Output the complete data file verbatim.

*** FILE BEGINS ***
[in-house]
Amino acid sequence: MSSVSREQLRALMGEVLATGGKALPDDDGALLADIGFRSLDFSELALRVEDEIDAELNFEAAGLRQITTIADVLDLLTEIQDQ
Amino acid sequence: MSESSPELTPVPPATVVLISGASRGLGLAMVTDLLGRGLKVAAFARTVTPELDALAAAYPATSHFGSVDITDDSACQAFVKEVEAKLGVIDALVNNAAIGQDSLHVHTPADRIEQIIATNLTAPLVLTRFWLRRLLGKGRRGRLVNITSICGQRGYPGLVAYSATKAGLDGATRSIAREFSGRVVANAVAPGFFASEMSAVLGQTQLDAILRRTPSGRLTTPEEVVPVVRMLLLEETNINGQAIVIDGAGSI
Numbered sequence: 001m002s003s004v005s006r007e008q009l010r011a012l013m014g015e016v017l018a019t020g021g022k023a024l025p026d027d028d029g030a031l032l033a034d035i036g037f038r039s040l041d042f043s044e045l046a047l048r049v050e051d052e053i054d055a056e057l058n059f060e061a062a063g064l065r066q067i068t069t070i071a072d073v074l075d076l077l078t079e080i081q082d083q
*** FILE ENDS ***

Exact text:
[in-house]
Amino acid sequence: MSSVSREQLRALMGEVLATGGKALPDDDGALLADIGFRSLDFSELALRVEDEIDAELNFEAAGLRQITTIADVLDLLTEIQDQ
Amino acid sequence: MSESSPELTPVPPATVVLISGASRGLGLAMVTDLLGRGLKVAAFARTVTPELDALAAAYPATSHFGSVDITDDSACQAFVKEVEAKLGVIDALVNNAAIGQDSLHVHTPADRIEQIIATNLTAPLVLTRFWLRRLLGKGRRGRLVNITSICGQRGYPGLVAYSATKAGLDGATRSIAREFSGRVVANAVAPGFFASEMSAVLGQTQLDAILRRTPSGRLTTPEEVVPVVRMLLLEETNINGQAIVIDGAGSI
Numbered sequence: 001m002s003s004v005s006r007e008q009l010r011a012l013m014g015e016v017l018a019t020g021g022k023a024l025p026d027d028d029g030a031l032l033a034d035i036g037f038r039s040l041d042f043s044e045l046a047l048r049v050e051d052e053i054d055a056e057l058n059f060e061a062a063g064l065r066q067i068t069t070i071a072d073v074l075d076l077l078t079e080i081q082d083q